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Information-Centric Design Broadens Variety of Use Cases for Low Code Application Platforms

low code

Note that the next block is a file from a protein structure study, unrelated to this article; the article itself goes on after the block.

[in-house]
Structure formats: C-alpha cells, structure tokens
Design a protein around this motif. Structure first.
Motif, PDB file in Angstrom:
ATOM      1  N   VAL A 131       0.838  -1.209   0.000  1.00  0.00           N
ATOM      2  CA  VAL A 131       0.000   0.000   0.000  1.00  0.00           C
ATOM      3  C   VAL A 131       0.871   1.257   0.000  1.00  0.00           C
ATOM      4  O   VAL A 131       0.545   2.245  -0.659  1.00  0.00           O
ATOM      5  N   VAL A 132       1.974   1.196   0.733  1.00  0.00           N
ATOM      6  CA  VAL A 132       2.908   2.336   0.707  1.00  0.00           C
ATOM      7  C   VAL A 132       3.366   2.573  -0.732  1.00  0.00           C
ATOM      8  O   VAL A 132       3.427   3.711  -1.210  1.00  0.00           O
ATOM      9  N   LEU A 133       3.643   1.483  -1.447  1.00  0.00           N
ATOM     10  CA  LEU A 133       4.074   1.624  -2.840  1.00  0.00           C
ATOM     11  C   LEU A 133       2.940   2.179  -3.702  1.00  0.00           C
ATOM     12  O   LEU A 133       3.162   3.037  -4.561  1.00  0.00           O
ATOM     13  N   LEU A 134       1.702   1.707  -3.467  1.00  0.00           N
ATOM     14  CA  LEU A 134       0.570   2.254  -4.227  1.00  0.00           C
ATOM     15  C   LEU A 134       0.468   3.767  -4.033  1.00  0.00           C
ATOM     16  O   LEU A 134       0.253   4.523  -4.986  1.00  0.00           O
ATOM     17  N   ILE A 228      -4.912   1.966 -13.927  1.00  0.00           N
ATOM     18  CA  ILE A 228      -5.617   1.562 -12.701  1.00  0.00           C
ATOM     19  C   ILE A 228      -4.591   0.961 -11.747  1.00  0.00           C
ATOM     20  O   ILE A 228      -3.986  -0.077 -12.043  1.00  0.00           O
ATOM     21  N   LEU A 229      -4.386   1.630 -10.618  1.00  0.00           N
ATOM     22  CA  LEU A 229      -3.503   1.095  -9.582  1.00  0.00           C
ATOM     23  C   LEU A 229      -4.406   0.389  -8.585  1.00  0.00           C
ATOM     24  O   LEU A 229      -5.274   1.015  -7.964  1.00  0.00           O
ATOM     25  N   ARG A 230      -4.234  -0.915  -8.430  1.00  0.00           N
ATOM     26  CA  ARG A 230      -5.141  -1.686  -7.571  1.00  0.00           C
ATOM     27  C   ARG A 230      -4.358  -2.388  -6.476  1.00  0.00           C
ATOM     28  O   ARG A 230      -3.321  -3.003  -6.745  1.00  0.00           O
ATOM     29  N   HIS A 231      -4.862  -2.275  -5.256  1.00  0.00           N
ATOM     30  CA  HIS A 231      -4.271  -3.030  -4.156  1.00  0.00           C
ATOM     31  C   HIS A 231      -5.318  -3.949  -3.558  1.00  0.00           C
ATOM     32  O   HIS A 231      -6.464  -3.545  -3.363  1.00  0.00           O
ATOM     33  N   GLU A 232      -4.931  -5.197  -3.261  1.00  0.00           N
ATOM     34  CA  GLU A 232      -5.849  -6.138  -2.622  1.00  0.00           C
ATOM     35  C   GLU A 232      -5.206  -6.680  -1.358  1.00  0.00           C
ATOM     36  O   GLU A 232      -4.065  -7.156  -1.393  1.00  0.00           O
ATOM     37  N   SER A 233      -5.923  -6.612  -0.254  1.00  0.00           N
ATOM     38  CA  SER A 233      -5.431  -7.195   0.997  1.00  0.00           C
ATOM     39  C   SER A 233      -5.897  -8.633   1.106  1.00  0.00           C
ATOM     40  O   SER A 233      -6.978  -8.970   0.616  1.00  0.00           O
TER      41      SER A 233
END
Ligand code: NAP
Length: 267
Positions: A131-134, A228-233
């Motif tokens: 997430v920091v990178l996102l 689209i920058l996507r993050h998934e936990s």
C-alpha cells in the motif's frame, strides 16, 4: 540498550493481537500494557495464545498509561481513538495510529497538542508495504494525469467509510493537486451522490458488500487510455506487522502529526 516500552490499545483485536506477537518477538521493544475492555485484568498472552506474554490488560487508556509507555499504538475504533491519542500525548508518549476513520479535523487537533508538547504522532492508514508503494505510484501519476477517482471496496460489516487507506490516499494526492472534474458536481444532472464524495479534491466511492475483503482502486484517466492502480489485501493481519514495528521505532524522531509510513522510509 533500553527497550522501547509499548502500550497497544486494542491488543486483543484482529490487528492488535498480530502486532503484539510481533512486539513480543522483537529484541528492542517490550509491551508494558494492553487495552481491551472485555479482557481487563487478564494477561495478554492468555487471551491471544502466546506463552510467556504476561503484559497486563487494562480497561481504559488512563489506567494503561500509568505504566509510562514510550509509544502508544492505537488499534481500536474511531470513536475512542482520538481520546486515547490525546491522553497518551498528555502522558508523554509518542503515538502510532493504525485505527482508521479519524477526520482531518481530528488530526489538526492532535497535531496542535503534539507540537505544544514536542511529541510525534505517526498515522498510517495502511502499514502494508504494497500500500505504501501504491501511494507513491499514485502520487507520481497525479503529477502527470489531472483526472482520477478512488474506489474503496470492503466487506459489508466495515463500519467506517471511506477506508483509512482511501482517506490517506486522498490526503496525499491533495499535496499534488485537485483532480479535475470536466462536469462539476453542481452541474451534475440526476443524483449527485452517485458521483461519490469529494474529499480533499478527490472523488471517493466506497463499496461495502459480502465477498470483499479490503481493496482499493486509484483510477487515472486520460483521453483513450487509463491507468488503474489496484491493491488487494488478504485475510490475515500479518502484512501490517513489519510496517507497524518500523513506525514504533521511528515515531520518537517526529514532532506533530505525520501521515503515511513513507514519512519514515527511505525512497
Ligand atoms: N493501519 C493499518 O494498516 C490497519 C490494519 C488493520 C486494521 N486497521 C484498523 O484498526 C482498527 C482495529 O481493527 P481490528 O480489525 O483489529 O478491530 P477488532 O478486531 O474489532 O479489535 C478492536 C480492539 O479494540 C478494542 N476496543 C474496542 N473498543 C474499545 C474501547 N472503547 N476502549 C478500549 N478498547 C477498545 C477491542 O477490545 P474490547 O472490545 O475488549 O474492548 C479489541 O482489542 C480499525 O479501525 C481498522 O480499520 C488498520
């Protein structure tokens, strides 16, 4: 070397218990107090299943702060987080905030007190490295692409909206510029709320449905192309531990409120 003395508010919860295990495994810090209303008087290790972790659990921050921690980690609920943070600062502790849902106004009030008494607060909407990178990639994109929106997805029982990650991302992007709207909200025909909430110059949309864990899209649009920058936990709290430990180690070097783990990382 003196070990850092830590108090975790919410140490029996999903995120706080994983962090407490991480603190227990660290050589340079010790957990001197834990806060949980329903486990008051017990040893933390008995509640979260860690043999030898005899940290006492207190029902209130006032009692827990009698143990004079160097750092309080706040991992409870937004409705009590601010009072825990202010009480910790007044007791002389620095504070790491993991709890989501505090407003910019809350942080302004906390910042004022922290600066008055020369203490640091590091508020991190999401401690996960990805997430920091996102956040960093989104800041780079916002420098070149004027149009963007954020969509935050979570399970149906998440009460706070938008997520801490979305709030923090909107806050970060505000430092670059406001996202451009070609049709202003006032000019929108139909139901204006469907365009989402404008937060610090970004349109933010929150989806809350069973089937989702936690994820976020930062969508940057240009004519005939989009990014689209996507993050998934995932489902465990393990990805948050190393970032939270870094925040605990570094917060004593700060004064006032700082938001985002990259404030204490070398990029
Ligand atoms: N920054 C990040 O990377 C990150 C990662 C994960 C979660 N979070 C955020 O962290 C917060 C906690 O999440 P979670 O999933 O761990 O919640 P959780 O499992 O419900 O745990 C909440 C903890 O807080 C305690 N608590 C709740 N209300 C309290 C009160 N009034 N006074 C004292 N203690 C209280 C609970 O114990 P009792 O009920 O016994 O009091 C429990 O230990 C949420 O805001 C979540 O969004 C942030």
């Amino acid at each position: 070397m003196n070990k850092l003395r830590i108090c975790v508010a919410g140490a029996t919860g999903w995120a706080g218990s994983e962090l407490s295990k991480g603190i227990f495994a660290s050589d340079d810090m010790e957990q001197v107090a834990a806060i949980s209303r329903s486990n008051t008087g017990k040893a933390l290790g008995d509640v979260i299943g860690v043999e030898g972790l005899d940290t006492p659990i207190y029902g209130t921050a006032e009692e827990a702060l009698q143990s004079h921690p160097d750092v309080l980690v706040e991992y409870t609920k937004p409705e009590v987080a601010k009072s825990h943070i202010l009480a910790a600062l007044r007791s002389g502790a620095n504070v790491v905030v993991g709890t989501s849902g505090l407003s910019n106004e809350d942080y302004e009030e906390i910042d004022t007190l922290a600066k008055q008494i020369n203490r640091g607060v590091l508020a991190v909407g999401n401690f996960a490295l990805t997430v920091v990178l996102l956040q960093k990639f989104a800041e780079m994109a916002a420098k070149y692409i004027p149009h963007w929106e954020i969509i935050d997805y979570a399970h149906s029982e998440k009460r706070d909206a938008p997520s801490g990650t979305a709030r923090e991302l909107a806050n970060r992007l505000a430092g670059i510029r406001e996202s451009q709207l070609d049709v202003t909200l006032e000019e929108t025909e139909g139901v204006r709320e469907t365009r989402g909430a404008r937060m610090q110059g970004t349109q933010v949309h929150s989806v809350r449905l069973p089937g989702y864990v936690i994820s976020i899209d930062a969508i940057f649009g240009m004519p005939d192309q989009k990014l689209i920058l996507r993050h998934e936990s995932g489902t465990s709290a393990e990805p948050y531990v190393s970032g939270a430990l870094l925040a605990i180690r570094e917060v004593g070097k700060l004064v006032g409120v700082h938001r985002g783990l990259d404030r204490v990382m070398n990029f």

In this post we welcome guest blogger Maureen Fleming, Vice President at IDC and lead analyst of IDC’s IoT analytics and information management practice, and IDC’s research covering process automation, API management and continuous analytics. The use of low code application platforms to build and deploy custom applications is one of the fastest-growing large technology markets. In fact, spending on low code is so fast that, by 2018, we expect enterprises to spend more on low code platforms than they spend for traditional application platforms running developer-written custom code. This is true whether enterprises are running custom applications in their datacenters or on a public cloud. The goal of low code platforms is to speed up development and minimize re-work by making it easy for business teams to work with developers to design and build applications. For smaller, tactical applications, developers may not be involved at all. Low code development evolved from either workflow-oriented tools or from data-centric offerings. Teams had to choose which approach made the most sense for their application. As customers began demanding more capabilities to support a broader and more flexible spectrum of applications, some vendors began to offer both workflow and information-centric capabilities within the same platform. They saw value in not forcing the customer to choose, and also saw value in greater flexibility by separating information-based functionality from workflow. Low Code’s Shift to Information-Centric Design Products embracing information-centric design shift teams from building automation by linking functionality to specific nodes of a workflow to using the information structure as the driver of automation and the basis for functionality development. The foundation of this structure are data entities, which abstract data into subjects and their properties. These properties are then used in the development of rules, in interaction and UI design, forms, in navigation or as parameters that can determine which workflow is called or the flow of a process or the page flow of an application. By contrast, classic workflow automation uses business objects as a building block. Similar to data entities, forms are created from the business object properties and rules can use the same properties. Unlike data entities, the properties of business objects are always associated with the workflow. Information-centric design does not require associated workflow, and in fact, workflow becomes a subordinate function to the information structure. As a result of the shift to information-centric design, there has been a significant expansion in the capabilities and use of low code development with corresponding improvements in ease of use for non-developers. Today, the same platform can automate a process and provide case management as well as deploy browser and mobile apps disassociated from any type of automated workflow. The use of workflow automation tools continues to be important, and with the shift to cloud architecture and the use of APIs, there are ways to access workflow as needed either broadly or discretely in support of a specific purpose. In fact, workflow has become more important in our increasingly distributed way of doing business. But for organizations investing in low code to help forge autonomy for business teams requiring automation or to use a platform to build strategic applications, identifying software that is centered around information design while also supporting workflow provides an optimal choice for use across a broad spectrum of automation use cases. More About Maureen Fleming  With more than 20 years of industry and analyst experience Maureen Fleming is Program Vice President for IDC’s Business Process Management and Middleware research area. In this role, Ms. Fleming examines the products and processes used for building, integrating, and deploying applications within an extended enterprise system.